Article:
Victor Davis Hanson writes Lying for the Cause in The National Review.  I was considering a piece on the recent accumulation of lies befalling the progressive movement, but there is nothing I could write than could touch Hanson’s piece.

Excerpts: (but do read the whole article)

From the details of Rigoberta Menchú’s memoir, to Tawana Brawley’s supposed rape, to the O. J. “If it doesn’t fit, you must acquit” myth, to the open-and-shut case of the hate-crime crucifixion of Matthew Shepard by savage homophobes, to Dan Rather’s fake but accurate National Guard memo, to the Duke lacrosse team’s supposed racist raping, to Barack Obama’s autobiographic interludes with his girlfriend, to Scott Beauchamp’s “true” stories of American military atrocities in Iraq, to Lena Dunham’s purported right-wing sexual assaulter at Oberlin College (home of the 2013 epidemic of pseudo-racist graffiti), to the pack of University of Virginia fraternity rapists on the loose, to “Hands up, don’t shoot,” we have come to appreciate that facts and truth are not that important, if myths can better serve social progress or the careers of those on the correct side of history.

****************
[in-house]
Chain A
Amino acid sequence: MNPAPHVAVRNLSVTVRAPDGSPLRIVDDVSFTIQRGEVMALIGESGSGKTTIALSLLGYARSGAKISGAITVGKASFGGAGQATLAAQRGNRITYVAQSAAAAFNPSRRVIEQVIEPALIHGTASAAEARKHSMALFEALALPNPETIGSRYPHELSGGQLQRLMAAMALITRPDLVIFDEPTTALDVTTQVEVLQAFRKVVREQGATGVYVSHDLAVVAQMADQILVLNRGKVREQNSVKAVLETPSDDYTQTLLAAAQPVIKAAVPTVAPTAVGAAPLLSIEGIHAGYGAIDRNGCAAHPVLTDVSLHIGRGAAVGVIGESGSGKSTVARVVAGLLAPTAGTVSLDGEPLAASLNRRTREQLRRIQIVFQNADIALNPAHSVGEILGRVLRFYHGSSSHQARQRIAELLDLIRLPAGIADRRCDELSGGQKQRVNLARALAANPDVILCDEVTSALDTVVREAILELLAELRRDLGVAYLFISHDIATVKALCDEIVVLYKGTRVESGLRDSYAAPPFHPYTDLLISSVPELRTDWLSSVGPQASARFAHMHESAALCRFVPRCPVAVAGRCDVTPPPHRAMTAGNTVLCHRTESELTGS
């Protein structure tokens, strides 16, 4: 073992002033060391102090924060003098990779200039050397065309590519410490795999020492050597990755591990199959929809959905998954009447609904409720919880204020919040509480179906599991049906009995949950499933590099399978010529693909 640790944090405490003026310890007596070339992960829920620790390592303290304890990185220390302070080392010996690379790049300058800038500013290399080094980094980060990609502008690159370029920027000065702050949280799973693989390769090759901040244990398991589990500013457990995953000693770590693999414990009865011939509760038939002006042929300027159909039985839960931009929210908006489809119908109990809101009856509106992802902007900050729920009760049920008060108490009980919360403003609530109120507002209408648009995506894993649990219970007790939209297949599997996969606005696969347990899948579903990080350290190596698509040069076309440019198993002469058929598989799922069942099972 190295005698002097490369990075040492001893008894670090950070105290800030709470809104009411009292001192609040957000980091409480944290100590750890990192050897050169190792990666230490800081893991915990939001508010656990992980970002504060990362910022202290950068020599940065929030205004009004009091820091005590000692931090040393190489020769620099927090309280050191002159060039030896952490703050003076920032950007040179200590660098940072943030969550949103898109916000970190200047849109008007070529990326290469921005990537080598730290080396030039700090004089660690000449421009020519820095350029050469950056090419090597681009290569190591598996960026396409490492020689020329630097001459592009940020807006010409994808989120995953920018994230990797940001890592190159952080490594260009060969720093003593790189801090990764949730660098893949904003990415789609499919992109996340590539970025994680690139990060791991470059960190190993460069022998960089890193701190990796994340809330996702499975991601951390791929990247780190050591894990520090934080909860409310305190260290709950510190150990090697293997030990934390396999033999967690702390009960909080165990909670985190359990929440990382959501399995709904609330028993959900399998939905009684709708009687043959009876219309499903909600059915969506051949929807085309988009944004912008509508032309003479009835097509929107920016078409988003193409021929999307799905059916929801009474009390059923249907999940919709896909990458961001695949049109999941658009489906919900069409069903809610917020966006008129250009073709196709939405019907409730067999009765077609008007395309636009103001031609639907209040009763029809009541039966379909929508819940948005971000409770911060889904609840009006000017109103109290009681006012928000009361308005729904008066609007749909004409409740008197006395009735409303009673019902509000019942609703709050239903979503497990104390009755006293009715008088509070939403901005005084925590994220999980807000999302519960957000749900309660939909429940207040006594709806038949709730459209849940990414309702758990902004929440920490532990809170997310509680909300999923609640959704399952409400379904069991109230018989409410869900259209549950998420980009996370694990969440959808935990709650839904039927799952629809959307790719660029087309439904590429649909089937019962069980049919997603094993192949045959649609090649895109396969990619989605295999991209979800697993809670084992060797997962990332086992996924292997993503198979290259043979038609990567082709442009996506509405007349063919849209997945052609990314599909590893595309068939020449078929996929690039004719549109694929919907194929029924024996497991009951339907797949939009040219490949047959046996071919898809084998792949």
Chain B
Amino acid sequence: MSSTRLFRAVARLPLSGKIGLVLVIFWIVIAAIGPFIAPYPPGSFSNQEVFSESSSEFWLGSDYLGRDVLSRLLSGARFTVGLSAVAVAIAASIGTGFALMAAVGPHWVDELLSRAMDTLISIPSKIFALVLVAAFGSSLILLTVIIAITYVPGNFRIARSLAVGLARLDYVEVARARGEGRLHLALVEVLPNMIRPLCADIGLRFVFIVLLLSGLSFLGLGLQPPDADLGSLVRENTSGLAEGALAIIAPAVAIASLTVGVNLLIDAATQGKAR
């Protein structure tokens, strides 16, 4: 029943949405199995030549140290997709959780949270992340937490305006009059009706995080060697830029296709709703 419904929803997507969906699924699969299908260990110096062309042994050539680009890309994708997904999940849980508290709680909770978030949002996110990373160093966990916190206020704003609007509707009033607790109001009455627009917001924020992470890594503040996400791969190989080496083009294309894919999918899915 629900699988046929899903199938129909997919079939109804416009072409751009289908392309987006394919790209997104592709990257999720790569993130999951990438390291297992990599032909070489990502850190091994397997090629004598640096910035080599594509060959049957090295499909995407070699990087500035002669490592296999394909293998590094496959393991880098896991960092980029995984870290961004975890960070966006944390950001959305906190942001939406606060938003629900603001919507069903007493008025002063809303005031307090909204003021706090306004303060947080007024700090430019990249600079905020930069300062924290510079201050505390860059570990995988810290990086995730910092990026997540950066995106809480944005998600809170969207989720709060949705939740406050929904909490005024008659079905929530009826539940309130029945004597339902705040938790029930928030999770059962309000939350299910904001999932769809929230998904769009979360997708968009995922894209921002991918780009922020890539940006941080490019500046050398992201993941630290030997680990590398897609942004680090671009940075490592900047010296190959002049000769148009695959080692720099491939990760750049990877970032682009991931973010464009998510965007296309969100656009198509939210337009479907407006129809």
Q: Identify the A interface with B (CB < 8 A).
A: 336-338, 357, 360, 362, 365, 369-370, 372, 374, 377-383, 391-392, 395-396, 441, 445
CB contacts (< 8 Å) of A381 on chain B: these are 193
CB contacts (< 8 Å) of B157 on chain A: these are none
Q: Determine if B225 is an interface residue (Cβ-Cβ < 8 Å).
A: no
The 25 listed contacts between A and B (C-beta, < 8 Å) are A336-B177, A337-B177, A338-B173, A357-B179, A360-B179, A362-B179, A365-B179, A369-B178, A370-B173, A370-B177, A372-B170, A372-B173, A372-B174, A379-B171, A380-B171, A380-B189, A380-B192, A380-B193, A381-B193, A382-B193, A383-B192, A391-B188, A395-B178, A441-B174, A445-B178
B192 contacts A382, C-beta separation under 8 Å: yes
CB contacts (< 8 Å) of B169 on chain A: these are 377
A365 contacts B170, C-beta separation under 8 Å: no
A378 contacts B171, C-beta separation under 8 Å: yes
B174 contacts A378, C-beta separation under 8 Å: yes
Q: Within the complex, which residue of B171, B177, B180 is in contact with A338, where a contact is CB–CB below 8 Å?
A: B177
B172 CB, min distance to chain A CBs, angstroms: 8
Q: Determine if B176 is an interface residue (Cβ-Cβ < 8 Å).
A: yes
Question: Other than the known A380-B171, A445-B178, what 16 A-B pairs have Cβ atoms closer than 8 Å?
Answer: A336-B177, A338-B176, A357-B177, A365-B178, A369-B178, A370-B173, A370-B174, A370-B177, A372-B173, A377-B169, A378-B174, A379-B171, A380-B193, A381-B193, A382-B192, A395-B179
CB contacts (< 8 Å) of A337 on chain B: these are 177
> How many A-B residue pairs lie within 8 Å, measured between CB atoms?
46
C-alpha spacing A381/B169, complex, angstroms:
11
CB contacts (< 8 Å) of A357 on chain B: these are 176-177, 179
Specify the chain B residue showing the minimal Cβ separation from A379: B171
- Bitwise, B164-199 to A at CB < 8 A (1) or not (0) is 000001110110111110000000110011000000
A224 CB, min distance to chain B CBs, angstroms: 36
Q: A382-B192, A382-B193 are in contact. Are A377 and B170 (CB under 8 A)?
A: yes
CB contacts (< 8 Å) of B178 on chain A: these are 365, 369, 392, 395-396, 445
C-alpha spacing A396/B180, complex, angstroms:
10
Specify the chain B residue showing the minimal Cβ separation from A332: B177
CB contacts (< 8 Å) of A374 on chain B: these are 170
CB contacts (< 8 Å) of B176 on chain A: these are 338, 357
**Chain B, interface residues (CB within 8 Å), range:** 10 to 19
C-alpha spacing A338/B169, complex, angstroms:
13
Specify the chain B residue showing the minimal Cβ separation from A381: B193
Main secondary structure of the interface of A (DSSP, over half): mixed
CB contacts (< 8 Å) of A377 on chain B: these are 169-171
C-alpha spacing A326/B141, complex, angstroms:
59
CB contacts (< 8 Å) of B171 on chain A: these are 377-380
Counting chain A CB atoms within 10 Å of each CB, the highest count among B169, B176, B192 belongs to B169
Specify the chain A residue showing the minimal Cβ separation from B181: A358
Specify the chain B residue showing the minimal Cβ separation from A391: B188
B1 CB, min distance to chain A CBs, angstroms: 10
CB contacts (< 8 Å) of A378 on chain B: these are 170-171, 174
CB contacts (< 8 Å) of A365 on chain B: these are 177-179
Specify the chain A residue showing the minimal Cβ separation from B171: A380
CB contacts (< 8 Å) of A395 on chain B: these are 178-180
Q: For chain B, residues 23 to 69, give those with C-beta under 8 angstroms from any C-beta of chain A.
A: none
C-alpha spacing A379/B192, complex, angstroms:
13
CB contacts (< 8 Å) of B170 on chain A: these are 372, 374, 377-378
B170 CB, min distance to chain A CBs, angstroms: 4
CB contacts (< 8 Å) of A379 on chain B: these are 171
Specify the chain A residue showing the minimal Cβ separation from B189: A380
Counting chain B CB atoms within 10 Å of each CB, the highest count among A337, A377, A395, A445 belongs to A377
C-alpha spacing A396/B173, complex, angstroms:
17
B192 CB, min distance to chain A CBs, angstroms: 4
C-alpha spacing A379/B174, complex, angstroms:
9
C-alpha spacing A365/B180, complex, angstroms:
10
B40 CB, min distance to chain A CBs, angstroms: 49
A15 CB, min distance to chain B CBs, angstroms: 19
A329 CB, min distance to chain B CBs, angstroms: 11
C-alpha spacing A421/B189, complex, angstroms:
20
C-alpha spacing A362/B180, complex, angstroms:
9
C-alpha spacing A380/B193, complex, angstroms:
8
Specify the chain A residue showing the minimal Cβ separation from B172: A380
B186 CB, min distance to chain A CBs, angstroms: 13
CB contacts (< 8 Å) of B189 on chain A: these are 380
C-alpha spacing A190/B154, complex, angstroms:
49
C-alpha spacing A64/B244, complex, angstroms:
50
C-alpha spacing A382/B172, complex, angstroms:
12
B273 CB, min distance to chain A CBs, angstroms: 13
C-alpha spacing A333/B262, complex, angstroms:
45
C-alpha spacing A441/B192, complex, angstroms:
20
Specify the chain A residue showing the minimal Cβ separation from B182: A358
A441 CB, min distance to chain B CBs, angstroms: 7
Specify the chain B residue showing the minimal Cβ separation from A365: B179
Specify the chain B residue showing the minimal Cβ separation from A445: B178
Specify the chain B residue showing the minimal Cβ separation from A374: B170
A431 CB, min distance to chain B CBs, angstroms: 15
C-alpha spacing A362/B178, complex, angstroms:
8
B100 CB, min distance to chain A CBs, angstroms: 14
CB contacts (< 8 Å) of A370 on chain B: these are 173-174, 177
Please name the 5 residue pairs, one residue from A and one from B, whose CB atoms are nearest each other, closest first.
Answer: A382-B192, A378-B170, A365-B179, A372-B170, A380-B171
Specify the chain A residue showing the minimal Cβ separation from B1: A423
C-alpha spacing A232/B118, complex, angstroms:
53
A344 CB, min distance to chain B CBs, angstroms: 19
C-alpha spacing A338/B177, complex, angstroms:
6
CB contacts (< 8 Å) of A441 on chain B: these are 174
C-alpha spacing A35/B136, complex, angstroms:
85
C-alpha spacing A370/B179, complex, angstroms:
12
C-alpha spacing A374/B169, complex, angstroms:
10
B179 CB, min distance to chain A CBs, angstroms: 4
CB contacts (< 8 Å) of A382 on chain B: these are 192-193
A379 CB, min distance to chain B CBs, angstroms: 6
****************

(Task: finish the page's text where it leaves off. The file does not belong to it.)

Why is there this overarching need to fabricate iconic race, class, gender, and political victims when Western capitalist society supposedly should offer enough pathologies without having to invent any? 

One, 21st-century America is not quite the racial cauldron of the 1960s. It is not the 1930s Depression-era world of Steinbeck. And it is not the 1950s straitjacket of housewives all but jailed in tiny suburban boxes. In 2014, the enemy is too much food, not too little, as obesity, not malnutrition and a dearth of calories, is the far more deadly killer of the underclass. More women now graduate from college than do men. Looting an Apple Store or stealing Air Jordans is more common during rioting than carrying off sacks of rice and beans from Costco.


At the heart of modern progressivism is an “ends justify the means” mentality.  Lies are merely myths to serve a greater purpose.